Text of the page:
Photo Credit: Photo by Tim Gouw on Unsplash

“Stress isn’t always a bad thing; it can be handy for a burst of extra energy and focus, like when you’re playing a competitive sport or have to speak in public. But when it’s continuous, it actually begins to change your brain. Chronic stress, like being overworked or having arguments at home, can affect brain size, its structure, and how it functions, right down to the level of your genes.”

Madhumita Murgia, TED-Ed

We don’t like stress, but sometimes it is necessary to finish our work quickly and efficiently. Sometimes that stress about leaving the candle on back at home can drive you to go back and check, which can prevent a horrific disaster.

But most of the time these days, our fast-paced world solicits more stress from us than what we actually need. And here are 3 different ways that it is ruining our brains:

1. Stress can lead to mental illness

I’m sure that it is no surprise that the more stress you have, the crankier your brain gets. You can feel it yourself. Sometimes chronic stress can lead to depression, anxiety, Alzheimer’s and more. You feel down, forget things, and perhaps even feel irritable. But what’s the brain chemistry behind this issue?

Once the neurotransmitters have been released in the brain (ex. GABA, )  norepinephrine, dopamine, serotonin) within seconds of any sign of a stressor, the stress hormone comes into play: cortisol. Too much cortisol over a long period of time can affect the amygdala. It then affects electric signals in the hippocampus, which would effect short and long term memory (pointing us to dementia), as well as emotions and learning skills. All together, it makes life for you and your brain harder, thus leading some people into a dark state of mind. Of course, scientists are trying to find direct links of stress to mental illness in the brain’s chemistry, and studies are coming out with new results every year.

2. Stress changes the shape and structure of your brain

Yup, you read that right — stress can change the physical aspect of the brain. We usually only ever relate the brain to mental topics, but the we need to remember that everything is happening chemically. And that affects things physically as well.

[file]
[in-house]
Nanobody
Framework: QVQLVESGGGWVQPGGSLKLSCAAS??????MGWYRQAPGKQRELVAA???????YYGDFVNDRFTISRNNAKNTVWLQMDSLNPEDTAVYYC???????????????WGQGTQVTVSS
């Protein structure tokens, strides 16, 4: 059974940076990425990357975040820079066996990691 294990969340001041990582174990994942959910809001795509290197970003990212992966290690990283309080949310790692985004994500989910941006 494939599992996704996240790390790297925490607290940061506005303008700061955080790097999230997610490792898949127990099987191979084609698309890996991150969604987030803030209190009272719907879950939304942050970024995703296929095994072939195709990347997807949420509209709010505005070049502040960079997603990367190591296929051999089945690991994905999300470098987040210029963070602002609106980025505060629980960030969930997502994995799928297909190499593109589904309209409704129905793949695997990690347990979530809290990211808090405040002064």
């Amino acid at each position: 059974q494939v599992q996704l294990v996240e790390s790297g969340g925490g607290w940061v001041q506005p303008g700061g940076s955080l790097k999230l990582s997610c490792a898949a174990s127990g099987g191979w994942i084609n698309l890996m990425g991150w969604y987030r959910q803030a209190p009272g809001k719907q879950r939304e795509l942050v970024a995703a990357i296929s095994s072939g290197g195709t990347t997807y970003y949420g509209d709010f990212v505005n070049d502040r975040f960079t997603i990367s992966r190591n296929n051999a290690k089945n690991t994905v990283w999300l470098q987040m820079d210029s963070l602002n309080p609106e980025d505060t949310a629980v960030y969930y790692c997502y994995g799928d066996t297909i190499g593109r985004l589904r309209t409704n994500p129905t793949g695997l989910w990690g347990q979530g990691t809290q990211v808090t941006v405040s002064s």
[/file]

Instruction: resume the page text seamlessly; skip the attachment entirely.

Chronic stress makes cells produce more myelin, which can damage the white matter and gray matter in your brain. Different parts of your brain start to degenerate much earlier in your life.

Finally, according to Madhumita Murgia on TED-Ed, as well as top researchers from Yale University, high levels of cortisol for prolonged periods of time result in the shrinking of the prefrontal cortex — the part of the brain responsible for decision making, attention-span, recognition, and some emotions. As neural connections start to die out, gray matter shrinks.

3. Brain cells are killed

This goes hand in hand with the other two ways that stress harms he brain. In fact, it is all interconnected. When our brain produces too much cortisol, it disrupts many functions. It eventually leads to killing off brain cells. These are our longest living cells in the body, so we need to take care of them.

So is there any way to stop it?

This may sound pretty scary, but stress is normal (just not high amounts). Stress motivates you to study for a test. It tells you not to procrastinate. So follow that little inkling before it spirals out of control. If you’re scared of stress, and what it entails, try to look at it in a positive light. Turn that evil stress into good stress!

Watch this TED-Ed talk: How to Make Stress Your Friend by Kelly McGonigal

Want to relieve bad stress? Here re some things that you can do to help make you feel better (not in order):

  • Exercise: It releases your happy hormones! It also improves other aspects of your brain, including memory.
  • Meditate: This calms you down and relaxes your mind. It can totally relieve stress if you are committed to it. Meditation is becoming very popular these days, and it’s health benefits are backed up by countless researchers.
  • Enjoy nature: Nature just makes us feel good! There’s also a scientific reason behind that — nature has many negative ions that clear the air and boost our positive energy (of course, there are whole chemical processes that explain why that happens).
  • Listen to music: Whether you like classical music or pop, sit back and chill to your favourite songs. It will make you feel at home and may even boost your energy (although if you want to calm down and relieve stress, classical music is the way to go).
  • Sleep: When you sleep, the brain flushes out toxins and prepares for the next time you’re awake. Sleeping can help put you back on the right track when you wake up.
  • Do a hobby: Whether its drawing, writing, reading, or binge-watching Netflix, it can calm you down after a stressful day at work or school. However, I would recommend a constructive hobby so that you don’t get mad at yourself for wasting your time afterwards, and consequently get more stressed.
  • Talk to a family member or friend: Sometimes, we can’t get rid of our stress all on our own. So talk to a friend or family member to help!

I hope you learned something from this Brainology post. And you know what they all say: don’t let stress weigh you down. Take control of your life. Be happy!

Sources:

How stress affects your brain – Madhumita Murgia
verywell mind – 5 Surprising Ways That Stress Affects Your Brain
Tuoro University Worldwide – The Mind and Mental Health: How Stress Affects the Brain

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